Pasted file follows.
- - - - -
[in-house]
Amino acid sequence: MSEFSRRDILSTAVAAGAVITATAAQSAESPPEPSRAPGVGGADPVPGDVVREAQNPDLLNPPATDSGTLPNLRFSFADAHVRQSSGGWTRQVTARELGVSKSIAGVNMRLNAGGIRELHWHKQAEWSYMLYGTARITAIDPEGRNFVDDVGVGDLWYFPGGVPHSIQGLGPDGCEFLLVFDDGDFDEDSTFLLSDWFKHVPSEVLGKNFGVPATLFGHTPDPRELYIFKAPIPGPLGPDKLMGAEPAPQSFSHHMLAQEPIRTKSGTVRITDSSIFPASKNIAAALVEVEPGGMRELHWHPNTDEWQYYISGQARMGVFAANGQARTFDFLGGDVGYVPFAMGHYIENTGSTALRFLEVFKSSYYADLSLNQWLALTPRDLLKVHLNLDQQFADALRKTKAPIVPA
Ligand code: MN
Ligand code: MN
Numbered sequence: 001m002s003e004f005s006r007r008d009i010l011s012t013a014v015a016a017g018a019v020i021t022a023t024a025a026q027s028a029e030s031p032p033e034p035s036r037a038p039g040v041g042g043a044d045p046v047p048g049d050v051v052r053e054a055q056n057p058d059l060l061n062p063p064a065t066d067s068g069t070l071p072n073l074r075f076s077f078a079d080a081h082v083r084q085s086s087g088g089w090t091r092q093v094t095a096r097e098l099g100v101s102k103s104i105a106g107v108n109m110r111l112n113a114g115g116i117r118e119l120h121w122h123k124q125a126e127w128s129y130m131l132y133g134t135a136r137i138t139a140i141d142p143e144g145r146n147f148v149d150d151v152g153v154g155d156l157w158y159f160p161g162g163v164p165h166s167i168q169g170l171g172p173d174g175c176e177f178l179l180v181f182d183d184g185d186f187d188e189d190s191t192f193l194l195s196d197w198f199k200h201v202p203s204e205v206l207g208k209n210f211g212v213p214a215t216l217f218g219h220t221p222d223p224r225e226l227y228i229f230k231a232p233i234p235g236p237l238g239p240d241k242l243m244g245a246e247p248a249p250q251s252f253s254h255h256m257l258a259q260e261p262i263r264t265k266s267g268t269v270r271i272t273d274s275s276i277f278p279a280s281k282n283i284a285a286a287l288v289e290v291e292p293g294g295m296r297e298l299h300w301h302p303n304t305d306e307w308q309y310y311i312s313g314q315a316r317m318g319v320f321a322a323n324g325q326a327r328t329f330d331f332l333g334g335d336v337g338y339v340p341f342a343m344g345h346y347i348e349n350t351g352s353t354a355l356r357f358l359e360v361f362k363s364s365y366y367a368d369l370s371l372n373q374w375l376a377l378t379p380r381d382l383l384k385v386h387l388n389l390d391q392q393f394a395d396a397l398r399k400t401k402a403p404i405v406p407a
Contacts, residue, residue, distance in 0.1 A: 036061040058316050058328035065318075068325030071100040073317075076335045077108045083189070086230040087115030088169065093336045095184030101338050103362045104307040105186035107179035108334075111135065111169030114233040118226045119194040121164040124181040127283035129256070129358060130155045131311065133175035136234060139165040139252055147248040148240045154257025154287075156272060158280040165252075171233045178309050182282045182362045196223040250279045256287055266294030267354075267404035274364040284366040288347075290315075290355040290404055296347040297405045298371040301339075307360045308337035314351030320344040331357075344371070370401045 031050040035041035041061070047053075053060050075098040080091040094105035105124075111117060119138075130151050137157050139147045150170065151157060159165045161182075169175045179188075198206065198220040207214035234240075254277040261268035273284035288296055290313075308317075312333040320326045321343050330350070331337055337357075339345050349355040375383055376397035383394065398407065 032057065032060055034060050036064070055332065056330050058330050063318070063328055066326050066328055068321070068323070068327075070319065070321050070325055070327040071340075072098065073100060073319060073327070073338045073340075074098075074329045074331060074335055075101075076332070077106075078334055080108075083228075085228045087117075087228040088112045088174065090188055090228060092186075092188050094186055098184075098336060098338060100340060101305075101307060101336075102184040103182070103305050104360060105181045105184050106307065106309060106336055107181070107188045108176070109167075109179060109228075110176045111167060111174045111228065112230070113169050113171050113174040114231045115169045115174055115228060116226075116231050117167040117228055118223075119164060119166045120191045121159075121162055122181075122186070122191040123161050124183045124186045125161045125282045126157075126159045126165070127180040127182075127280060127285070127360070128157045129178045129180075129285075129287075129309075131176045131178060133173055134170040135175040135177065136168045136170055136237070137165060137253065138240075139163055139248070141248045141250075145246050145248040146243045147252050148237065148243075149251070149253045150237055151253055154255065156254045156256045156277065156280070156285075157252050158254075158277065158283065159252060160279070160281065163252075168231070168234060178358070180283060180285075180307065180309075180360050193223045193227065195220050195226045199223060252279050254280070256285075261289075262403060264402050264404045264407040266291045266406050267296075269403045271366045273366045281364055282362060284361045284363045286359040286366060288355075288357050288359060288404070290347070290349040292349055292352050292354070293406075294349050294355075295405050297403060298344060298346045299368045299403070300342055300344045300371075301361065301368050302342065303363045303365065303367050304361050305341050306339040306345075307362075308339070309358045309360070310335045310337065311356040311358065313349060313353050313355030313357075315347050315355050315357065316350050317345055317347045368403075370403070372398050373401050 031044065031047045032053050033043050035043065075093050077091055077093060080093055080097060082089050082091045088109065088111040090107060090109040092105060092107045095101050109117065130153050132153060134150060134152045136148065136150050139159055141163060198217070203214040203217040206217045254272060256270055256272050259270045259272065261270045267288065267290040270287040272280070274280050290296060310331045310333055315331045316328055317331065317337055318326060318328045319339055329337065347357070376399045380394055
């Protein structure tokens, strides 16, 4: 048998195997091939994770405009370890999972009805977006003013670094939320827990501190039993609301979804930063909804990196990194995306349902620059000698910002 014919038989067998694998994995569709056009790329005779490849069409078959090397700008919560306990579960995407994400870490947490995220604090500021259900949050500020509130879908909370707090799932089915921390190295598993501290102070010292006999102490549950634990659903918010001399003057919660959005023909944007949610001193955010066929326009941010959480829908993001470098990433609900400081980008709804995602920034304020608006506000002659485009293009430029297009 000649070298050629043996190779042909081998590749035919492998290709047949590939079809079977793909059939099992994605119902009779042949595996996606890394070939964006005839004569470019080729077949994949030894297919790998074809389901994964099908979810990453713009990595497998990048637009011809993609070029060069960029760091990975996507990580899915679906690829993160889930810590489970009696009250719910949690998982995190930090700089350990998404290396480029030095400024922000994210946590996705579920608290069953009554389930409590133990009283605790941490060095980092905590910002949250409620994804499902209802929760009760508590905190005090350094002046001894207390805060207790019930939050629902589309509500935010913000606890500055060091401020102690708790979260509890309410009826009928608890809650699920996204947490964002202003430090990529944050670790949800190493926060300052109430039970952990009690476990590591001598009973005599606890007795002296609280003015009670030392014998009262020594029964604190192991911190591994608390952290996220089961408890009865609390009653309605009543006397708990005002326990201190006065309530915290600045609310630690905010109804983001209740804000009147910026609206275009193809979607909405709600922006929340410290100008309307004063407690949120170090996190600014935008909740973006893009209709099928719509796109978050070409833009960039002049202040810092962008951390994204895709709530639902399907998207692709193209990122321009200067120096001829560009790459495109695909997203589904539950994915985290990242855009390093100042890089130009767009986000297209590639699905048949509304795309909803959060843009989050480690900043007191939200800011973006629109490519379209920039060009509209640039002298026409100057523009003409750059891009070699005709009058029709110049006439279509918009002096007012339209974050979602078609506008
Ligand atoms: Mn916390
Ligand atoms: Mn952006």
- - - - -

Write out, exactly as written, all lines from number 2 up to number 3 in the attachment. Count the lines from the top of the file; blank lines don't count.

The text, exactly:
Amino acid sequence: MSEFSRRDILSTAVAAGAVITATAAQSAESPPEPSRAPGVGGADPVPGDVVREAQNPDLLNPPATDSGTLPNLRFSFADAHVRQSSGGWTRQVTARELGVSKSIAGVNMRLNAGGIRELHWHKQAEWSYMLYGTARITAIDPEGRNFVDDVGVGDLWYFPGGVPHSIQGLGPDGCEFLLVFDDGDFDEDSTFLLSDWFKHVPSEVLGKNFGVPATLFGHTPDPRELYIFKAPIPGPLGPDKLMGAEPAPQSFSHHMLAQEPIRTKSGTVRITDSSIFPASKNIAAALVEVEPGGMRELHWHPNTDEWQYYISGQARMGVFAANGQARTFDFLGGDVGYVPFAMGHYIENTGSTALRFLEVFKSSYYADLSLNQWLALTPRDLLKVHLNLDQQFADALRKTKAPIVPA
Ligand code: MN